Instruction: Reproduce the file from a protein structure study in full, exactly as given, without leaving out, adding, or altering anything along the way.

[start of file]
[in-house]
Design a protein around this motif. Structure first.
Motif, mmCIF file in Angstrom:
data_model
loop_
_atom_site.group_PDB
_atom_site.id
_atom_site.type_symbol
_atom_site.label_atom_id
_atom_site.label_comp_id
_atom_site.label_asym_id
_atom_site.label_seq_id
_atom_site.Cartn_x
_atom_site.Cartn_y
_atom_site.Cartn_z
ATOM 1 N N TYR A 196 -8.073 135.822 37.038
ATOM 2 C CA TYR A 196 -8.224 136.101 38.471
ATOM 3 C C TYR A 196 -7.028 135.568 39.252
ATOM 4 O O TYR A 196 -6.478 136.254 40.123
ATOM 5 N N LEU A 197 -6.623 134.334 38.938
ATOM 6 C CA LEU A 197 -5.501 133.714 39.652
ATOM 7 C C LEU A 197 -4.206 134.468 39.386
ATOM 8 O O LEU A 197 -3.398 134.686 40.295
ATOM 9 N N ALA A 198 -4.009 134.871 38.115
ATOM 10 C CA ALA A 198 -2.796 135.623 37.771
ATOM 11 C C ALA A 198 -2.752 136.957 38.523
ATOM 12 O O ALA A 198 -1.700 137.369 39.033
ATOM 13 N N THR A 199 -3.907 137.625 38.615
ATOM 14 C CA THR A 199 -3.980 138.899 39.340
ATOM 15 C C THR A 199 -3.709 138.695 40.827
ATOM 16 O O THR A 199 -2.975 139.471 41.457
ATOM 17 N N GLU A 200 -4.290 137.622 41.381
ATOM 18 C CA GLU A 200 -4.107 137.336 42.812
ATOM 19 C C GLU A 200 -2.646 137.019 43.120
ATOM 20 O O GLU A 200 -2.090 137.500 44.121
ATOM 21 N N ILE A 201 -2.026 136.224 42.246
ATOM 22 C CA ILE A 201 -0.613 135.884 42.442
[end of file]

[in-house]
Design a protein around this motif. Structure first.
Motif, mmCIF file in Angstrom:
data_model
loop_
_atom_site.group_PDB
_atom_site.id
_atom_site.type_symbol
_atom_site.label_atom_id
_atom_site.label_comp_id
_atom_site.label_asym_id
_atom_site.label_seq_id
_atom_site.Cartn_x
_atom_site.Cartn_y
_atom_site.Cartn_z
ATOM 1 N N TYR A 196 -8.073 135.822 37.038
ATOM 2 C CA TYR A 196 -8.224 136.101 38.471
ATOM 3 C C TYR A 196 -7.028 135.568 39.252
ATOM 4 O O TYR A 196 -6.478 136.254 40.123
ATOM 5 N N LEU A 197 -6.623 134.334 38.938
ATOM 6 C CA LEU A 197 -5.501 133.714 39.652
ATOM 7 C C LEU A 197 -4.206 134.468 39.386
ATOM 8 O O LEU A 197 -3.398 134.686 40.295
ATOM 9 N N ALA A 198 -4.009 134.871 38.115
ATOM 10 C CA ALA A 198 -2.796 135.623 37.771
ATOM 11 C C ALA A 198 -2.752 136.957 38.523
ATOM 12 O O ALA A 198 -1.700 137.369 39.033
ATOM 13 N N THR A 199 -3.907 137.625 38.615
ATOM 14 C CA THR A 199 -3.980 138.899 39.340
ATOM 15 C C THR A 199 -3.709 138.695 40.827
ATOM 16 O O THR A 199 -2.975 139.471 41.457
ATOM 17 N N GLU A 200 -4.290 137.622 41.381
ATOM 18 C CA GLU A 200 -4.107 137.336 42.812
ATOM 19 C C GLU A 200 -2.646 137.019 43.120
ATOM 20 O O GLU A 200 -2.090 137.500 44.121
ATOM 21 N N ILE A 201 -2.026 136.224 42.246
ATOM 22 C CA ILE A 201 -0.613 135.884 42.442